- “House of prostitution” is any place where prostitution or promotion of prostitution is regularly carried on by one person under the control, management or supervision of another.
What is Considered Promoting Prostitution in NJ?
According to New Jersey law, promoting prostitution can refer to owning, controlling, managing, supervising or otherwise keeping a house of prostitution or a prostitution business (by yourself or with others). It can also mean procuring a person to work in a house of prostitution or arranging a place for a potential prostitute to work. You can also be charged with promoting prostitution for encouraging, inducing, or otherwise purposely causing another to become or remain a prostitute. For the purposes of the above statute, soliciting a patron for a prostitute or vice versa is also considered promoting prostitution. Additionally, transporting a person into or within the state to promote that person’s engaging in prostitution, or procuring or paying for transportation for that reason is part of the definition. Lastly, it is considered promoting prostitution to knowingly lease or permit another person to use your premises for the purpose of prostitution. Even failing to make reasonable effort to have a tenant evicted falls under this category.
Penalties for Prostitution Offenses in New Jersey
Depending on the specific prostitution offense you are accused of committing, you may be charged with a first degree, second degree, third degree, fourth degree crime, or disorderly persons offense in New Jersey. First degree prostitution charges are the most serious and can land you in prison for up to 20 years. Second degree crimes involving prostitution have a sentencing range of 5 to 10 years. A third degree charge for prostitution exposes you to between 3 and 5 years of incarceration. If you are convicted of a fourth degree prostitution crime, you may be sentenced to a maximum of 18 months in NJ State Prison. A disorderly persons offense for prostitution is punishable by up to 6 months in the county jail.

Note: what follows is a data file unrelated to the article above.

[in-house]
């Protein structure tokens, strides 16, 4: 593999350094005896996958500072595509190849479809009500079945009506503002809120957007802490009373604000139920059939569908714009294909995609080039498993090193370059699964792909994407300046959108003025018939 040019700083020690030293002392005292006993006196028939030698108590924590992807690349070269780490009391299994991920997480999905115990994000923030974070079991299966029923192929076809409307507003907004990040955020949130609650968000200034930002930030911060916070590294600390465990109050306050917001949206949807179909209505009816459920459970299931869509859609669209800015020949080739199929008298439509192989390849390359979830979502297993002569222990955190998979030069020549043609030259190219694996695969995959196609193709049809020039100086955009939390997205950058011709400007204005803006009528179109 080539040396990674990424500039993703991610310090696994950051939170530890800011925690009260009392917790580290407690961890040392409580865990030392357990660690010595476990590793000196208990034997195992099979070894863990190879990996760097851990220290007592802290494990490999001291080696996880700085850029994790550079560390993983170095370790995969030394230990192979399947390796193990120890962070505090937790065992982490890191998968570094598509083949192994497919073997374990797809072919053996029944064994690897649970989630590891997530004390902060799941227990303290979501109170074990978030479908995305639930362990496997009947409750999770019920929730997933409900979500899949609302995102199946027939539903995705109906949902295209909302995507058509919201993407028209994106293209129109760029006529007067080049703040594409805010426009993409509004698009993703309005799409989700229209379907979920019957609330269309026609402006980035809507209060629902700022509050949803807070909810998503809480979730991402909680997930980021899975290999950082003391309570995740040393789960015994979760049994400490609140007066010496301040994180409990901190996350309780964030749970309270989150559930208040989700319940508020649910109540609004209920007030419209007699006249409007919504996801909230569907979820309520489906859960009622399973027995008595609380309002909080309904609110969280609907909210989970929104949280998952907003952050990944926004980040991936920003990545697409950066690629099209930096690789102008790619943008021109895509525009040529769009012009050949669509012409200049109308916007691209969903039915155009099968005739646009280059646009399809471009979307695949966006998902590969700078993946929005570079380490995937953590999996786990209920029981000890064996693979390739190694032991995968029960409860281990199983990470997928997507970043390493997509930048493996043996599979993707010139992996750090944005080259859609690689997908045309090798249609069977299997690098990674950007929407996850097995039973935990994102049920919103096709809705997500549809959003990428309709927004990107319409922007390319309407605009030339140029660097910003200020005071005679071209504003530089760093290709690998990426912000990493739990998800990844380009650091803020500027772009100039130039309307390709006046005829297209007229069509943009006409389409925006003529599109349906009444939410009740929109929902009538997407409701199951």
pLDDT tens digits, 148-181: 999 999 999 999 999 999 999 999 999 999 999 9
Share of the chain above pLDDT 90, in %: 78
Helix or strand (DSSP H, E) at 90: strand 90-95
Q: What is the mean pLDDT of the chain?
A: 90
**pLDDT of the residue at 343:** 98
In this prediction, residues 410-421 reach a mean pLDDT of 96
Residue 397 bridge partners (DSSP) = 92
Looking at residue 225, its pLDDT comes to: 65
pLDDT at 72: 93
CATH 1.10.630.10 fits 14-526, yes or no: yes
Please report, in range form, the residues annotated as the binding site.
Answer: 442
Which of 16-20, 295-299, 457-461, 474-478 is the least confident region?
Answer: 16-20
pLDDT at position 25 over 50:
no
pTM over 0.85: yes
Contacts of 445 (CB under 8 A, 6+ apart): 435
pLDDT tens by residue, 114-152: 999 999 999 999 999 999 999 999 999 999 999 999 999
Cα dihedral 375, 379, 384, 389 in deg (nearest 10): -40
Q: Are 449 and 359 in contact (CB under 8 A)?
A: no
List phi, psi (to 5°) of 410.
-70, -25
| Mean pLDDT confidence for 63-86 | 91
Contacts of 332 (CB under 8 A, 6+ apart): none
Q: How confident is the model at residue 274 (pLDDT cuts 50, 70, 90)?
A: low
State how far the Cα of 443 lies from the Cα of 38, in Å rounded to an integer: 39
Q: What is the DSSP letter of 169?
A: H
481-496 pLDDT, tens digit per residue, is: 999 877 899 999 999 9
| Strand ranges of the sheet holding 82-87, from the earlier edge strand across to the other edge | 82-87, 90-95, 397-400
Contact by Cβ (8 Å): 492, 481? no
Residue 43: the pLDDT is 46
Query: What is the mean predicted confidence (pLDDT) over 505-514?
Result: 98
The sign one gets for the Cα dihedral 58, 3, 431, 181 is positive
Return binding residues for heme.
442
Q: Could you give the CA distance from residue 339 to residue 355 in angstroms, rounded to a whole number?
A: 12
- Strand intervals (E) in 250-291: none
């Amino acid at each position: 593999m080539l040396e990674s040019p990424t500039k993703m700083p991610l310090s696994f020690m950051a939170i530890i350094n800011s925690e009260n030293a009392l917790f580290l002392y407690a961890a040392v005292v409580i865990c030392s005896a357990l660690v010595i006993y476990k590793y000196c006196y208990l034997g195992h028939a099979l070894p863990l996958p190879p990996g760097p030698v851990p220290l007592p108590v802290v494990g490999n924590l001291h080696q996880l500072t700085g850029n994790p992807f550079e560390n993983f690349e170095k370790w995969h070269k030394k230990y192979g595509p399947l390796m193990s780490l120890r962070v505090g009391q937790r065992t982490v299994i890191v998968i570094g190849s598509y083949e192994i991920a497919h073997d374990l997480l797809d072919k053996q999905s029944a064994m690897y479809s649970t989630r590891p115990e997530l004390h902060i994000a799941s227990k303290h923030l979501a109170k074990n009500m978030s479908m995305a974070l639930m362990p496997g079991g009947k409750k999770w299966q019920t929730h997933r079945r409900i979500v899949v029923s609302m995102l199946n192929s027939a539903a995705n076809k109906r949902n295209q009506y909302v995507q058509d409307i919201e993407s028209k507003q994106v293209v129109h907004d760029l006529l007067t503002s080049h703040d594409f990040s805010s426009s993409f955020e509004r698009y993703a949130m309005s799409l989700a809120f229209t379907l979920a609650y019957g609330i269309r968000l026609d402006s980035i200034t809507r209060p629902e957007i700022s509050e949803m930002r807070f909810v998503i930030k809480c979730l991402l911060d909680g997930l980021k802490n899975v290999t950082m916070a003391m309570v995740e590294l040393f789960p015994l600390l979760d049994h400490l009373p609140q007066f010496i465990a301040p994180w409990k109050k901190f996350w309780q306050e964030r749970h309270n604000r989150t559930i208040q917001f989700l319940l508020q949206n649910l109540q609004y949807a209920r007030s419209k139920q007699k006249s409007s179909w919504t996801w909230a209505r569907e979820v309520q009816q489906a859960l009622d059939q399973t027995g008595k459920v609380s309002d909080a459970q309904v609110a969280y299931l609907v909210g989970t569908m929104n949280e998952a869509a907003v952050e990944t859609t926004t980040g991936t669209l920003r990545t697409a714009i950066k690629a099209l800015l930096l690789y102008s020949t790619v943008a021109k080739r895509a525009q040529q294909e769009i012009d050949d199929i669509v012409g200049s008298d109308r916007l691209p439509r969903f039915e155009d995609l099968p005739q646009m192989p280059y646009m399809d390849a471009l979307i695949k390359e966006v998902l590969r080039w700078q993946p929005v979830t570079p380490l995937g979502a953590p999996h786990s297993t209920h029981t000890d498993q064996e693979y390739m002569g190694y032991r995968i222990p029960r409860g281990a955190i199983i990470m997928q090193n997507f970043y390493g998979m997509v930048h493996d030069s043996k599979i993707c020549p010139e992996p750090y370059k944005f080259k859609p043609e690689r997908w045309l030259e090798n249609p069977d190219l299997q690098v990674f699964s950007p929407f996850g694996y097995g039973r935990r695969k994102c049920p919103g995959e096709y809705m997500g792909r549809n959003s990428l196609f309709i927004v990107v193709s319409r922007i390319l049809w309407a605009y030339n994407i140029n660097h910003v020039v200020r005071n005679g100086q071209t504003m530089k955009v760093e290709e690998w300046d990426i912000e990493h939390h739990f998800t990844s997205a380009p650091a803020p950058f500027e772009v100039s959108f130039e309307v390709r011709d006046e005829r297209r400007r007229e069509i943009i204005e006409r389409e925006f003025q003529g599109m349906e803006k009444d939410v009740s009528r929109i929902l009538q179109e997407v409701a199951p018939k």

In addition to the other potential penalties you face, you will lose your driver’s license for 6 months if a motor vehicle is used during the commission of the offense. Many prostitution crimes also entail significant fines in New Jersey. If it applies in your case, the court has the discretion to impose a fine ranging from $10,000 to $50,000. Lastly, if you are convicted of promoting prostitution of a minor, you will be required to register as a sex offender under New Jersey’s Megan’s Law.
Contact a Bordentown NJ Prostitution Lawyer for your Defense
If you have been accused of prostitution or another sex crime, the skilled criminal defense attorneys at The Law Offices of Leonard Biddison can help. Mr. Biddison and his team will investigate your specific situation and all of the evidence to find the best solution for resolving your case. Whether we need to take your case to trial or negotiate for a downgraded charge or lesser penalties, we will fight for you from the moment you enlist our services until the very end. Simply call (856) 427-6888 today or contact us online to arrange your free consultation.